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What The Rich Do With Their Cash
#1
If you are specifically interested in what the rich do with their short-term cash, comparable to the middle class putting money in a checking or savings account, there are several popular alternatives for those with at least a few million dollars:
  • Establishing a so-called zero-balance account. The rich investor has his or her money in bonds, certificates of deposit, commercial paper and other highly liquid debt instruments. They write checks out of the account, which has $0 in it, and at the end of the business day, the private bank sells off enough of the highly stable, liquid investments to wipe out the negative balance in the account, bringing it back to $0. That way, if the bank fails, it doesn’t hurt the investor because the underlying assets are held in his or her name, not the name of the institution. (This service is known as custody or, in some cases, global custody. The banks will charge a small fee for it as a percentage of assets in most cases.) Almost every intelligent rich person on the planet uses some form of global custody because you don’t want to worry about losing your shirt because a broker failed.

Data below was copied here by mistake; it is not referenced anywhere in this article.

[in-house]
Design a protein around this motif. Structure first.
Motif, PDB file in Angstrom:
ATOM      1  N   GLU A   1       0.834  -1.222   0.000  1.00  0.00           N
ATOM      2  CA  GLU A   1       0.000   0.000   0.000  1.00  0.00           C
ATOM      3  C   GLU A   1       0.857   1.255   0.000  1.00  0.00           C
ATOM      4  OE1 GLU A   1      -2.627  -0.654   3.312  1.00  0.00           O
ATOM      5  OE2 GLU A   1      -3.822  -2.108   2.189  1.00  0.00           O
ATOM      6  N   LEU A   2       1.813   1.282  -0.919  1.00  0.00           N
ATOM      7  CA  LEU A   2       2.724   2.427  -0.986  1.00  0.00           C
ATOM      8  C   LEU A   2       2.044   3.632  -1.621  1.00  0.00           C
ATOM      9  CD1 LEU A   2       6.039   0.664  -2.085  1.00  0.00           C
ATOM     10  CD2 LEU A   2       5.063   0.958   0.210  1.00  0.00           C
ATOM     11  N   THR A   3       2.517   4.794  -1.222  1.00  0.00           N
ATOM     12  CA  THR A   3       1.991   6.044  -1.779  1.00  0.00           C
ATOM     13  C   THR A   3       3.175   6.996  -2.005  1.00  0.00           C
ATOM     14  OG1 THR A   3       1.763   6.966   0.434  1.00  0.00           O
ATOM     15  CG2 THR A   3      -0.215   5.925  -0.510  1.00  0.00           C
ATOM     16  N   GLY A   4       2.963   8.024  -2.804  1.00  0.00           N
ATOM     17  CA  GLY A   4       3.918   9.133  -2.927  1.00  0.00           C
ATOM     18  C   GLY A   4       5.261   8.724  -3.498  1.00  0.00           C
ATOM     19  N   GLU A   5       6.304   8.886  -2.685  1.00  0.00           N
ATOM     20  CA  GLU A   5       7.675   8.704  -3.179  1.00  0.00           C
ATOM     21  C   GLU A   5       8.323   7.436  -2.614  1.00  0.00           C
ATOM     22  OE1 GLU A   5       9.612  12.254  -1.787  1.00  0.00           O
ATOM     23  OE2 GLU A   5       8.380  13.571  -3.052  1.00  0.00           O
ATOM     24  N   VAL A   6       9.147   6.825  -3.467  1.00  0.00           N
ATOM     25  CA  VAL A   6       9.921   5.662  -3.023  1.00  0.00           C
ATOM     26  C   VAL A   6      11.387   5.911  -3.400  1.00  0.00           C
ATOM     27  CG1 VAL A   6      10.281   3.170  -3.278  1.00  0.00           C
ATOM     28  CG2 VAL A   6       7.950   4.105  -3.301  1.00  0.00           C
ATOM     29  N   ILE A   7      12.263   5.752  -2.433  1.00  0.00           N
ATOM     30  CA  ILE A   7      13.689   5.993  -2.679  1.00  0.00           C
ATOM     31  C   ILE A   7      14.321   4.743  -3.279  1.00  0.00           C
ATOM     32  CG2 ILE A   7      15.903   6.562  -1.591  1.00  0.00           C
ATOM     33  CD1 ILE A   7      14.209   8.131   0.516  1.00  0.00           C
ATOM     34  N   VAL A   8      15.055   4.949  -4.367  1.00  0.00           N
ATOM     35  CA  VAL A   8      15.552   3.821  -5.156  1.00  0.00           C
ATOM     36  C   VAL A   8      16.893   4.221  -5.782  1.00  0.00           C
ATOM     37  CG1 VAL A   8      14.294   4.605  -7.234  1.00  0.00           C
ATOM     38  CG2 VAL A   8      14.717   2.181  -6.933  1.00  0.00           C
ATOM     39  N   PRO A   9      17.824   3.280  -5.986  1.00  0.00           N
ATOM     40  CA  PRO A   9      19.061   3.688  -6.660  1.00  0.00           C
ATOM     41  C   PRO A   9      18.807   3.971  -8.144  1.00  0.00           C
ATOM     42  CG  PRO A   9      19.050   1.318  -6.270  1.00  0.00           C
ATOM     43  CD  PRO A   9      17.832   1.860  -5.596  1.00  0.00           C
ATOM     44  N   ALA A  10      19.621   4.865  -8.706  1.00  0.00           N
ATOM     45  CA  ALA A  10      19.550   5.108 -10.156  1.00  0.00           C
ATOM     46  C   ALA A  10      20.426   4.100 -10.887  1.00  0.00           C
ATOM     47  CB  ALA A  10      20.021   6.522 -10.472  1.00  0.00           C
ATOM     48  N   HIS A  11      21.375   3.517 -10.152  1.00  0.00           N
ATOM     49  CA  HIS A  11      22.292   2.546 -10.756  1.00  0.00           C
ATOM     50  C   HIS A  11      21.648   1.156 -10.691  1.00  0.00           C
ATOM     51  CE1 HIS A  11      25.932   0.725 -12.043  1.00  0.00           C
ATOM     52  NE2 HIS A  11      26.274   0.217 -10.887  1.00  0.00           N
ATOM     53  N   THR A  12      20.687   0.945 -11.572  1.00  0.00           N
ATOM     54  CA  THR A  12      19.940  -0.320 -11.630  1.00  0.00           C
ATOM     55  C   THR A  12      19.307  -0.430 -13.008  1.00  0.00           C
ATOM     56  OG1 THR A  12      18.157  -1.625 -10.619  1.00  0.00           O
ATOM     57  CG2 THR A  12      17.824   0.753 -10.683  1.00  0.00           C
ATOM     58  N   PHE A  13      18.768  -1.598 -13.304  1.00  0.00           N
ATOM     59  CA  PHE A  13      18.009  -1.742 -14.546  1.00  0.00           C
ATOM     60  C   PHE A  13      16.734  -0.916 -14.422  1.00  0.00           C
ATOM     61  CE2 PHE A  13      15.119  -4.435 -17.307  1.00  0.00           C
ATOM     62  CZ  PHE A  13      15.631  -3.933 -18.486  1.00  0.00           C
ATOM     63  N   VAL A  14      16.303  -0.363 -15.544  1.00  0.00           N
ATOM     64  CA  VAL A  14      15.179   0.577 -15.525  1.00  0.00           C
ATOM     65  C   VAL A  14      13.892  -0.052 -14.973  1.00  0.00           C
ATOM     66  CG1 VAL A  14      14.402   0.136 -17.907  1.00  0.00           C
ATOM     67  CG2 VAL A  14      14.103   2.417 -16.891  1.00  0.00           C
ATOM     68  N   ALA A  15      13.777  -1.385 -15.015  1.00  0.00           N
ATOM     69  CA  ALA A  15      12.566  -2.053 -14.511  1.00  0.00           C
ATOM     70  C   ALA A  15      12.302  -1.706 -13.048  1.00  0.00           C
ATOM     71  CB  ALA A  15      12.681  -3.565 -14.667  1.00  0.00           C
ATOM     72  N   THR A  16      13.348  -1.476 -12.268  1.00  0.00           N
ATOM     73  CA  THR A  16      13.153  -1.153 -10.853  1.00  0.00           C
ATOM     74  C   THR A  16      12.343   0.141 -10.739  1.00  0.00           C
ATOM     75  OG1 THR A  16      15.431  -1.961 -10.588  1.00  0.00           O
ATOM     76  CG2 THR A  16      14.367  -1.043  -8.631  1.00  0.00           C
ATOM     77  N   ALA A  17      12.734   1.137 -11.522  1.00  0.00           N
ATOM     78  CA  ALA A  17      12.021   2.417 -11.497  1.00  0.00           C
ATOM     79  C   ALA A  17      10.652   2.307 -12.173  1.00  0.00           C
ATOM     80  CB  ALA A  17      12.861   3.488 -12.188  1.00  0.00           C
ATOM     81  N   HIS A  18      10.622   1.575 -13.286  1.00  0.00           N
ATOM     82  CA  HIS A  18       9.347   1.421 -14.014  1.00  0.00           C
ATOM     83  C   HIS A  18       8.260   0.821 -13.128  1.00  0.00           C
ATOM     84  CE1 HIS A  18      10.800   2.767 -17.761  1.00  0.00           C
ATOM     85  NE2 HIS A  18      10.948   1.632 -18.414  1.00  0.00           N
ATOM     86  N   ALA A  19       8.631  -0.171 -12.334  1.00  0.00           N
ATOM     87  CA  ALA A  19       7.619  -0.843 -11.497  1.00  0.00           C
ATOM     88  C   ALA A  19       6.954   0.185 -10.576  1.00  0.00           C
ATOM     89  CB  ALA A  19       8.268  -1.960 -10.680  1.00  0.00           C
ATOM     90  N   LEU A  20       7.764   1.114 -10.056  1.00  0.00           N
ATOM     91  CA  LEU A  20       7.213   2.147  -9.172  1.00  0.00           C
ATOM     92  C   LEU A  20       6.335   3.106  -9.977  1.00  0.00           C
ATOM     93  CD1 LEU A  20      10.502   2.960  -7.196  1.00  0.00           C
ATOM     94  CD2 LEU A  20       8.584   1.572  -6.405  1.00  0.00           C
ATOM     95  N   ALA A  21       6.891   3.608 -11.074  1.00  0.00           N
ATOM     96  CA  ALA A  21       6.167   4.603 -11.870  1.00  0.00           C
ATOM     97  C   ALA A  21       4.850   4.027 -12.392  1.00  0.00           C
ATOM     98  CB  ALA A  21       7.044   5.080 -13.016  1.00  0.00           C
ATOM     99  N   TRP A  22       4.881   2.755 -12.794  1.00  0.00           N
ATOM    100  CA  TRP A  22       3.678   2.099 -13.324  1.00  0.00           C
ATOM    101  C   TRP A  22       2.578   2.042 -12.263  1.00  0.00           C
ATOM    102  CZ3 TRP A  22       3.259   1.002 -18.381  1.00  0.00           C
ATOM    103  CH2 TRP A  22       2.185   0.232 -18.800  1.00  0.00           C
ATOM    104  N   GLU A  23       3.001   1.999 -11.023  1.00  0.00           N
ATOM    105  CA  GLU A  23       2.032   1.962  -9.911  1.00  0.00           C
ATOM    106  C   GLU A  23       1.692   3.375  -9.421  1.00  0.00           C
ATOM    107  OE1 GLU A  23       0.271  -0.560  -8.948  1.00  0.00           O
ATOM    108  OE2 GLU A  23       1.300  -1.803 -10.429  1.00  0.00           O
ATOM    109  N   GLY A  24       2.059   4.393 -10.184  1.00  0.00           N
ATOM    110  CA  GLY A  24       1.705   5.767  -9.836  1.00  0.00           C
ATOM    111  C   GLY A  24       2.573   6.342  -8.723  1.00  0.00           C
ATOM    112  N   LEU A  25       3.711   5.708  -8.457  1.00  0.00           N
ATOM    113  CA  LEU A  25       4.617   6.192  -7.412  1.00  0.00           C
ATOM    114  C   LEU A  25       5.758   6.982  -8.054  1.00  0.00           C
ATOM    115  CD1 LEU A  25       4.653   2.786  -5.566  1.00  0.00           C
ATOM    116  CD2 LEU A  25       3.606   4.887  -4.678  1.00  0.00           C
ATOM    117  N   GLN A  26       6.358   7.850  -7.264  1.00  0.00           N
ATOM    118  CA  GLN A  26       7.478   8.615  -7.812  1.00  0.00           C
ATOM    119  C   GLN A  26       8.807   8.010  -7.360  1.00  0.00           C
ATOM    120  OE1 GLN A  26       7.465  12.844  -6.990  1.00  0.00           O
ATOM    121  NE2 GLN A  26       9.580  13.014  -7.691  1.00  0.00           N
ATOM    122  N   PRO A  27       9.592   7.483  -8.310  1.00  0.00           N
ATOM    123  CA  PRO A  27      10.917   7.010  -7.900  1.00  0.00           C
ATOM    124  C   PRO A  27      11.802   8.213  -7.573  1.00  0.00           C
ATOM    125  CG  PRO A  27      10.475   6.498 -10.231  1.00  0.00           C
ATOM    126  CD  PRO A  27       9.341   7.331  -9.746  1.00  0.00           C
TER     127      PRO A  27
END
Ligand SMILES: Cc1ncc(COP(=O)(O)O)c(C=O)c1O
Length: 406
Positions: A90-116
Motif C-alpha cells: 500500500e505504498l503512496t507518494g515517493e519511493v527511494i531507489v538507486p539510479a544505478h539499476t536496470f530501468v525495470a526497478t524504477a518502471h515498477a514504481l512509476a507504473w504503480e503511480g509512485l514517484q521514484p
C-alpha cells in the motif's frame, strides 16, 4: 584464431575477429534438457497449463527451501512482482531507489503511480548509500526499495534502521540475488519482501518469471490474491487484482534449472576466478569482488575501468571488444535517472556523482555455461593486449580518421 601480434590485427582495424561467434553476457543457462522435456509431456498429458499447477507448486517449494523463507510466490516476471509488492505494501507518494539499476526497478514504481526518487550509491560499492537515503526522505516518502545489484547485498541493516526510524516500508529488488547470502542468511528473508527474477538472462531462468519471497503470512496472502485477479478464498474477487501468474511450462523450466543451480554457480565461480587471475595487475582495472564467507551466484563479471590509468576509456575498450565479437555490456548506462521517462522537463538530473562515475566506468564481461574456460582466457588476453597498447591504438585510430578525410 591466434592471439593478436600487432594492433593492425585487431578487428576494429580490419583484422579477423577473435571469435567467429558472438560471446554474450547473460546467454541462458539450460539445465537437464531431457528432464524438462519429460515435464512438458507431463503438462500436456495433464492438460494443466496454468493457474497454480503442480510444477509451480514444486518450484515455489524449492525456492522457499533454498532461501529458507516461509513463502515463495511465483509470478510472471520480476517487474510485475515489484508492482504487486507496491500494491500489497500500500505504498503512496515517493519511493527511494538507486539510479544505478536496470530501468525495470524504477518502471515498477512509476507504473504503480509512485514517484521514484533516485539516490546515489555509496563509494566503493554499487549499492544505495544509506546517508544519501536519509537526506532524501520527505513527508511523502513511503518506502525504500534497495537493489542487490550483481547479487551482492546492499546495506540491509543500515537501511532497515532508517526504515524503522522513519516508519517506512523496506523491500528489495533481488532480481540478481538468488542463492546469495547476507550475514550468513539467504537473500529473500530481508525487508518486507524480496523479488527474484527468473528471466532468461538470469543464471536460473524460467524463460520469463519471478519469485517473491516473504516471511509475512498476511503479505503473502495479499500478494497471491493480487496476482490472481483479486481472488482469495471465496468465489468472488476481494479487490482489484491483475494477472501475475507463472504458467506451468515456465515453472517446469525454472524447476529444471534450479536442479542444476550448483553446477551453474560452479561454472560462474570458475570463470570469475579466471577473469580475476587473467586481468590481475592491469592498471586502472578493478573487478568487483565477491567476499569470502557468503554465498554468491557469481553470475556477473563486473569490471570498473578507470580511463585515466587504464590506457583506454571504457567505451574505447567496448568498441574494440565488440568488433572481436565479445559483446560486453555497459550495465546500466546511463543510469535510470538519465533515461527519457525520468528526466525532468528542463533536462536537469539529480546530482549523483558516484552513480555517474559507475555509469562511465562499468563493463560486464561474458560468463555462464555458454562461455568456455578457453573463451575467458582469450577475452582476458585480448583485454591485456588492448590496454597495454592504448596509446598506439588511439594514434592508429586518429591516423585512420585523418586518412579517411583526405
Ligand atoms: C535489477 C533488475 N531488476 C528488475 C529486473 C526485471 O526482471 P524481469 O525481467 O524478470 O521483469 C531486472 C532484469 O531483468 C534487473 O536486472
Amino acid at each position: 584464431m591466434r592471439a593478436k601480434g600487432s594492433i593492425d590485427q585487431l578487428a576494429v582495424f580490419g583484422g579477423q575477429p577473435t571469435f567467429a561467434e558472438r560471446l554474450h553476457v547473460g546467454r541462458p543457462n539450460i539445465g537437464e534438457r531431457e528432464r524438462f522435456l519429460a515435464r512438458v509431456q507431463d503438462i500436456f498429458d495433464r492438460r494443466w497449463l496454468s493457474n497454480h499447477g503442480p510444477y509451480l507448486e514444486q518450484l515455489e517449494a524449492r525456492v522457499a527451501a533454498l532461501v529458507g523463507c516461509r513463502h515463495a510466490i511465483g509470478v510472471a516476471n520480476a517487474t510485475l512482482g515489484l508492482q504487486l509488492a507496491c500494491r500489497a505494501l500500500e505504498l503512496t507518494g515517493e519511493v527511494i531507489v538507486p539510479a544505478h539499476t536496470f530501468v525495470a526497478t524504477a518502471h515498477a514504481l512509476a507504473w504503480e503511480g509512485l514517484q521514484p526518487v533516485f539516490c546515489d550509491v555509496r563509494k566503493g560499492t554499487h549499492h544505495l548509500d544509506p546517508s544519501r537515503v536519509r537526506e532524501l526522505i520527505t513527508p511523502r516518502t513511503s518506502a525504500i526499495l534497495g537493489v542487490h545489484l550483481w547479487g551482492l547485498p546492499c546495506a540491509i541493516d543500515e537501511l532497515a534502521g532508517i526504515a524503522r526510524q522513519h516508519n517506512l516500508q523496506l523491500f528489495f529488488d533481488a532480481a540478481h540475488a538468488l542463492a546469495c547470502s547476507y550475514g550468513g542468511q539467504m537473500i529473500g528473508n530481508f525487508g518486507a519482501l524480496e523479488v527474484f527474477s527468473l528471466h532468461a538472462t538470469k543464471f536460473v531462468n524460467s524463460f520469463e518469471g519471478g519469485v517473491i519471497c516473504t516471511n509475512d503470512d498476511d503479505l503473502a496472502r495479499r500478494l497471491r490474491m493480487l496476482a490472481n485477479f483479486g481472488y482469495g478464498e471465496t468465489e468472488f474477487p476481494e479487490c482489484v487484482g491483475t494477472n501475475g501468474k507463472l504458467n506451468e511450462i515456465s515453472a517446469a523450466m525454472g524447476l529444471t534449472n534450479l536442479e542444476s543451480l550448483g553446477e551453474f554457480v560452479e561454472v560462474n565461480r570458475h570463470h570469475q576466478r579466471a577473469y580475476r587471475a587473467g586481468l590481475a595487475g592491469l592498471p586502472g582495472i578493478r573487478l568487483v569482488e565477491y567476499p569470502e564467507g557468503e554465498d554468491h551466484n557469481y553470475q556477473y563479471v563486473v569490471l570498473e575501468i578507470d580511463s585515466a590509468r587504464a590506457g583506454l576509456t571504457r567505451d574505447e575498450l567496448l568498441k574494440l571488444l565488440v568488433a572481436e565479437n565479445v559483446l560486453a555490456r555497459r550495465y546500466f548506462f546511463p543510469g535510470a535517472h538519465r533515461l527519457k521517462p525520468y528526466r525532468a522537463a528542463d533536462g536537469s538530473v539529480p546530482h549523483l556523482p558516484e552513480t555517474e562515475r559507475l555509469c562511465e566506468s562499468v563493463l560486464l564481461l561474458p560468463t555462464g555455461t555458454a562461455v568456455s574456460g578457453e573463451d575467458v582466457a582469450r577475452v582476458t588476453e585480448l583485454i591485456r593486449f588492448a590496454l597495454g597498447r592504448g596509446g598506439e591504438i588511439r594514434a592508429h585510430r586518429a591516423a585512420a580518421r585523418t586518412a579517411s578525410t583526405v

• Parking the money directly with the United States Treasury in an account backed by the taxing power of the United States government. They can buy short-term Treasury bills and keep rolling them over until they need the money. Unless the United States goes bankrupt by hyper-inflating, they are safe.  Buffett literally has tens of billions of dollars of Berkshire Hathaway’s money parked in Treasury bills, bonds and notes at times.  There is no risk of default or bankruptcy unless the entire nation goes bust!
  • Physically holding cash in multiple currencies in safe deposit boxes throughout the world. These aren’t insured, though, so there is that risk.
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